I mentioned our Notting Hill Housing Party – the summer party with an international theme. What did I wear in the end?
Pattern Design and alterations
I decided to use a 1950s Butterick pattern for a “fitted over-blouse”. Although the blouse is fitted with darts (two in the front and one in the back) it looked a lot like some of the peplum tops that have been in fashion for a surprisingly long time. I never bought one in the shops mainly because they all seemed so short in the body, and the last thing I wanted was a flare coming out from the mid rib position. But I was hankering for this shape. In addition to it being delightfully retro with its square neck and asymmetric opening I thought it had something of an African vibe about it too. So this was the pattern I chose for my top.
Unfortunately the pattern was missing the sleeve and the pocket, so that determined the view I could make up – view C. Of course I might draft the missing pieces another day. I measured it carefully as it is advertised for a 32″ bust, but there was plenty of ease. I added two inches to the length above the waist and did not shorten the hem, thinking I would judge the length when I made it up. I repositioned the seven buttons.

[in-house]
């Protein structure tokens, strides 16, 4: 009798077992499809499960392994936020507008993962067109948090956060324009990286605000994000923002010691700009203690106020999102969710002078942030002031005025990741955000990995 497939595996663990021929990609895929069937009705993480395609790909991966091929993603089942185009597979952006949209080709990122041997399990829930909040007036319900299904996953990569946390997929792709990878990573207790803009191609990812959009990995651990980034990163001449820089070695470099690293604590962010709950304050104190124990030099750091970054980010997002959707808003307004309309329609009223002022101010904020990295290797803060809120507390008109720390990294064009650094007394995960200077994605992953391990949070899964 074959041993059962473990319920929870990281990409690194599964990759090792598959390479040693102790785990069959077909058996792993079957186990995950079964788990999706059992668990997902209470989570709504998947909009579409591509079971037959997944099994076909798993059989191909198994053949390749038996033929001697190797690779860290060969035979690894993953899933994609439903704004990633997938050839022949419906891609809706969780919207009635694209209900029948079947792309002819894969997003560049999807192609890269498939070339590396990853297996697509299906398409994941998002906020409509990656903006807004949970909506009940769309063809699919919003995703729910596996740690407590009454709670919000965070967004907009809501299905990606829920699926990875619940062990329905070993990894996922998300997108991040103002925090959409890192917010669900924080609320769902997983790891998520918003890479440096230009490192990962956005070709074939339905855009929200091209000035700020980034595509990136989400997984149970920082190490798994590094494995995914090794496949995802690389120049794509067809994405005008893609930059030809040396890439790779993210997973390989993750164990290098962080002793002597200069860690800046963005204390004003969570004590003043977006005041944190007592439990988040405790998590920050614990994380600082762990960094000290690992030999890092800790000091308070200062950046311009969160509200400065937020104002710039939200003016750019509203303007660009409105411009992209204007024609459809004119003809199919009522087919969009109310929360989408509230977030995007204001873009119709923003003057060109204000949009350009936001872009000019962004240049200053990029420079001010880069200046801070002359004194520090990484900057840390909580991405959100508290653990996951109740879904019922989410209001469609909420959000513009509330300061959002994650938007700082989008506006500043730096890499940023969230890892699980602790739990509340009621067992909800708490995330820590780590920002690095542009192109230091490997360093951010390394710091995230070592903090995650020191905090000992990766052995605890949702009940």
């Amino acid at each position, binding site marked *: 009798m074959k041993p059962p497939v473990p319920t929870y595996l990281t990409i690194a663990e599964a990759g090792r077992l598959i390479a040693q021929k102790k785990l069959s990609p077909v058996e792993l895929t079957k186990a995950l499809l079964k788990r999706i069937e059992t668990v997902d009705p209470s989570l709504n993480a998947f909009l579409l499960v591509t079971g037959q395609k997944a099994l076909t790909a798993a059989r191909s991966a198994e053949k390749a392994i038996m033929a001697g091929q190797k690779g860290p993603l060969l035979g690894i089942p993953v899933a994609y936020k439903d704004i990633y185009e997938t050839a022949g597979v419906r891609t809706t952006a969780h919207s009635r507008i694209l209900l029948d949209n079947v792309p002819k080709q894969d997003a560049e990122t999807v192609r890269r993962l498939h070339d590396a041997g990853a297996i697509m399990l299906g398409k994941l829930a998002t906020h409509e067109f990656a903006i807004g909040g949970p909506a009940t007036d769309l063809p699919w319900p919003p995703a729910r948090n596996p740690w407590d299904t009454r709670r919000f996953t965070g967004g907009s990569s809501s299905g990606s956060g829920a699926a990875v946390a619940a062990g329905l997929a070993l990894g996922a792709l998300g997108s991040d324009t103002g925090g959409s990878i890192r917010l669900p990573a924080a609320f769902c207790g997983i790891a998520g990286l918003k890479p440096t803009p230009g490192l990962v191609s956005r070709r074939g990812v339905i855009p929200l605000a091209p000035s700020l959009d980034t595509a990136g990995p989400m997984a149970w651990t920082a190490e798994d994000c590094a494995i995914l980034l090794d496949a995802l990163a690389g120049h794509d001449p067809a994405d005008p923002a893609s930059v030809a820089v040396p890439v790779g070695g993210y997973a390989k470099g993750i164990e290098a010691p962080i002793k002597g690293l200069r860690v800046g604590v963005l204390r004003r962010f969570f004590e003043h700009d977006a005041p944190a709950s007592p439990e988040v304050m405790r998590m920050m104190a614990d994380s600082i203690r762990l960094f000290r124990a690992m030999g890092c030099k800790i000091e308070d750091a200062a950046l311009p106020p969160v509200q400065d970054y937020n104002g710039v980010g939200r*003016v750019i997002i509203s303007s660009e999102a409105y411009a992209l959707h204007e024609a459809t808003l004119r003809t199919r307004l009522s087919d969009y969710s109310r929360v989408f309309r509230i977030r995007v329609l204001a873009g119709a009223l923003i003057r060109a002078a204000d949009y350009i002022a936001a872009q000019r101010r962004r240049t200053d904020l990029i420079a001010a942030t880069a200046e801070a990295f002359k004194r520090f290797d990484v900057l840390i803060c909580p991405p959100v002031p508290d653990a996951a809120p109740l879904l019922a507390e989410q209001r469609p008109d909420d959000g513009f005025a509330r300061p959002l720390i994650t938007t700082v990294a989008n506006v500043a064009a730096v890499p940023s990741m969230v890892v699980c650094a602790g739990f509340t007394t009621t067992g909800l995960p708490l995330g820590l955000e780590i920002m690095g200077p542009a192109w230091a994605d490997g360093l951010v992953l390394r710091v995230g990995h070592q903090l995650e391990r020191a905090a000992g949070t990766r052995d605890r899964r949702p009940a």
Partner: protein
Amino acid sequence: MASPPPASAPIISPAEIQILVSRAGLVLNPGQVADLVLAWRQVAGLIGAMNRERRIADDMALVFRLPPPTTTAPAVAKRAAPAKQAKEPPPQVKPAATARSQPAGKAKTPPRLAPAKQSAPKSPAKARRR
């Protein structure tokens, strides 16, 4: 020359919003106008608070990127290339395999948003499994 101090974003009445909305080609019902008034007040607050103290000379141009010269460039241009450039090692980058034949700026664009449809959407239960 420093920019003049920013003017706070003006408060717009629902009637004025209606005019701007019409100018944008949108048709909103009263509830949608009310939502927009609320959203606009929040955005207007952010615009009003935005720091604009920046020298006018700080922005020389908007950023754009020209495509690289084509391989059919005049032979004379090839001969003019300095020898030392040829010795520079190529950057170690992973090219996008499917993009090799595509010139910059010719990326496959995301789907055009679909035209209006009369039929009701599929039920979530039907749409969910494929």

Many African printed fabrics have very large motifs which work best on a head to toe (literally) outfit. If you wear a floor length skirt, a fitted jacket or blouse and a head wrap you can do these large scale prints justice. If you make a skirt or top you need to chose a smaller scale pattern.
Equally the colours can be a bit strong for fair-skinned Brits. Many of the greens, oranges,purples and yellows look best under strong, bright sunlight, against the darkest and brightest complexions. British tweeds, linens and suitings often reflect our climate and environment too – muted purples and greens, soft greys and deep blues. So if you cross cultures with your fabric choices you need to pause and consider what you are doing. I chose a nice white, cerise and denim blue Ghanian “wax” print with shaded tumbling blocks that measure around 1″ square. Additionally the shapes and underlying check in the print was quite angular and geometric which I felt would suit this rather angular shaped over blouse.
The pattern matching was fairly straightforward with the obvious checks on the pattern. I lined the over-blouse with a bright blue synthetic lining, and acquired seven matching pink buttons for 5p each from Simply Fabrics. They are a bit cheap and slightly sharp, but the colour is perfect.
So far I have worn it with my pink trousers and with deep blue jeans, and it works well.
For the party I felt it needed to be a bit more showy. I had thought about a long skirt, with lots of shaping, or draping. But in the end I had ten minutes before I had to fly. I did something very quick, a bit slipshod (it’s not even hemmed), but hopefully still authentic. I took my remaining cloth and I cut it in two. One piece I tied around my waist. The other I wound round my head and tucked it in.